It's an effort to create a Lawrence solution to a national problem.
School district leaders have partnered with the NAACP to study what is known as "the achievement gap" - the lower overall academic performance by students of certain races or whose families are economically disadvantaged.
A committee that has been studying the problem locally now is poised to take action.
"I think we're all at the point where I think we need to be able to identify some intervention, some system of addressing this," said Bruce Passman, the deputy superintendent of Lawrence schools. "We can't just keep talking about it. We've got to take action."
Donna Bell, president of the Lawrence-Douglas County branch of the NAACP, said district administrators have been open about sharing data and working on the committee to identify strategies.
"What we have found in a very simple way is that our students of color generally are not performing at the proficiency levels that our majority students are performing," she said.
According to state test results for 2006-2007, students whose families qualify for free or reduced-price lunches at each of Lawrence's four junior high schools did not meet either reading or math proficiency standards. Also, black students at South Junior High School did not meet math and reading standards. White students there also did not meet math standards.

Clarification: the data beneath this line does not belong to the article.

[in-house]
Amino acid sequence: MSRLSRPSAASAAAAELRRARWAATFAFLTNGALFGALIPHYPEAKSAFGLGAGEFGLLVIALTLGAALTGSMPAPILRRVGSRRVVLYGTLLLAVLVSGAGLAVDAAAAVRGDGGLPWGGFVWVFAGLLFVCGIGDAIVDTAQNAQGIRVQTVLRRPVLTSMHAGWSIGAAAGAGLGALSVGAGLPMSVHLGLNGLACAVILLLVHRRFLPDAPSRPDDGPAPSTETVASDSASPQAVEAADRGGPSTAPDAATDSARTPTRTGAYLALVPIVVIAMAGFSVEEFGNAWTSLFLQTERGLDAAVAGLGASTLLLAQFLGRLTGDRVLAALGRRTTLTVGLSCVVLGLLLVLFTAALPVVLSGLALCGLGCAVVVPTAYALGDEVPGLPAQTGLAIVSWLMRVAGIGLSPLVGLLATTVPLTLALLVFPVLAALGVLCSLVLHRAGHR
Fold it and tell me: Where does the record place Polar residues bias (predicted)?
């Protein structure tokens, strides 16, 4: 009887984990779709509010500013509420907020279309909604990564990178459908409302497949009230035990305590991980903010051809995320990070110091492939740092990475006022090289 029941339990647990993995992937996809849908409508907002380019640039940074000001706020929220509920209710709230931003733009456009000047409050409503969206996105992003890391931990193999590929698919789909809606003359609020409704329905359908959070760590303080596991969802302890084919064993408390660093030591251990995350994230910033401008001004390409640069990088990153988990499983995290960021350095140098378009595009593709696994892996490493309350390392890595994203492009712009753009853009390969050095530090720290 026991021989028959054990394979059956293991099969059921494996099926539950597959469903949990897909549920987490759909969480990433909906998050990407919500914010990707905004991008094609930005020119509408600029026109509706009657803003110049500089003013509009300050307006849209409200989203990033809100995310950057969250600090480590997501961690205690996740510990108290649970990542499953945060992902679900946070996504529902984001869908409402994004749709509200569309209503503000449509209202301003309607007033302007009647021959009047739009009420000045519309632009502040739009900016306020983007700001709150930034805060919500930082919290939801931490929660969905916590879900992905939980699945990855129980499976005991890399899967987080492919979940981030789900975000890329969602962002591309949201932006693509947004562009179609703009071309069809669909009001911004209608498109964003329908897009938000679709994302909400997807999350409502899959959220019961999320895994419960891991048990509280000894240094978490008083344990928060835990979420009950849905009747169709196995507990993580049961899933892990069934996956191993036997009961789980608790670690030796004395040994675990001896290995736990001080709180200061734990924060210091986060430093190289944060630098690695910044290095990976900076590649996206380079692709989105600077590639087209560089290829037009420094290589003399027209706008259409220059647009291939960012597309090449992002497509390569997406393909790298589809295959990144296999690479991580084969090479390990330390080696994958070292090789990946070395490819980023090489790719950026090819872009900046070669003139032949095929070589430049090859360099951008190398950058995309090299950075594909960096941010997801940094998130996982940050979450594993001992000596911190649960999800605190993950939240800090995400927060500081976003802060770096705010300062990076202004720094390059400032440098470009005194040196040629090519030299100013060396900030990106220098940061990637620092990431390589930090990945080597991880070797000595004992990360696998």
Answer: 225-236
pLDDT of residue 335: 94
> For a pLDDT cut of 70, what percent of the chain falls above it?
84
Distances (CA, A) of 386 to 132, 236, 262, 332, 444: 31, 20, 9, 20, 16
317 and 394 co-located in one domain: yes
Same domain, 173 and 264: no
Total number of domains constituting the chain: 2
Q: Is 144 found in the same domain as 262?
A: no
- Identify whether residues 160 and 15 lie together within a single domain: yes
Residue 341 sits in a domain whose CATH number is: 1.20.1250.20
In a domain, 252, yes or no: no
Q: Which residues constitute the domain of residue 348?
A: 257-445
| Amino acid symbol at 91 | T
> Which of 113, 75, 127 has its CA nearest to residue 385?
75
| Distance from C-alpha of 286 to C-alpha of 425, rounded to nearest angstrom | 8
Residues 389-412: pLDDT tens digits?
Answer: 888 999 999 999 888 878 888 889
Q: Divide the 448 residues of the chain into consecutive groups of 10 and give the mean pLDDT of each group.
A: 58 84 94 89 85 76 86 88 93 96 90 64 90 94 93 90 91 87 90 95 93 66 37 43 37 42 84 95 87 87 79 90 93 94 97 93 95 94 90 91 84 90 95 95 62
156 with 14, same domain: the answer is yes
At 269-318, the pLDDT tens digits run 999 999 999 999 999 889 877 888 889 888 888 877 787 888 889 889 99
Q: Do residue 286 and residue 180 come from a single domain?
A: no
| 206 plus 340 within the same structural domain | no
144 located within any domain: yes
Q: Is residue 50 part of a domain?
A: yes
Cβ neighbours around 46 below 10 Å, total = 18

Black students at West Junior High School did not meet math goals.
After months of fact-finding, Bell and Passman said, the committee likely will begin in January to develop more specific ways to combat the problem.
Bell thinks it might be worth looking at mentoring programs and more tutoring programs, both during and after school. She also said the committee would like to get students' opinions, too.
Passman said one key could be the district's new Measures of Academic Progress system, which tests and tracks how each student performs annually. State assessments aren't given to all students every year.
Lawrence isn't alone. Nationally, grades, standardized test scores and graduation rates can be associated with the gap, according to studies compiled by the Editorial Projects in Education's Research Center.
For Lawrence administrators, the meetings with the NAACP members also provide a chance to gain a community perspective on a "long-term project," said Kevin Harrell, the district's division director for student intervention services.
"Our focus is on trying to meet the needs of students," Harrell said. "Once we do that, we'll see the results in other areas, like graduation rates and assessment scores."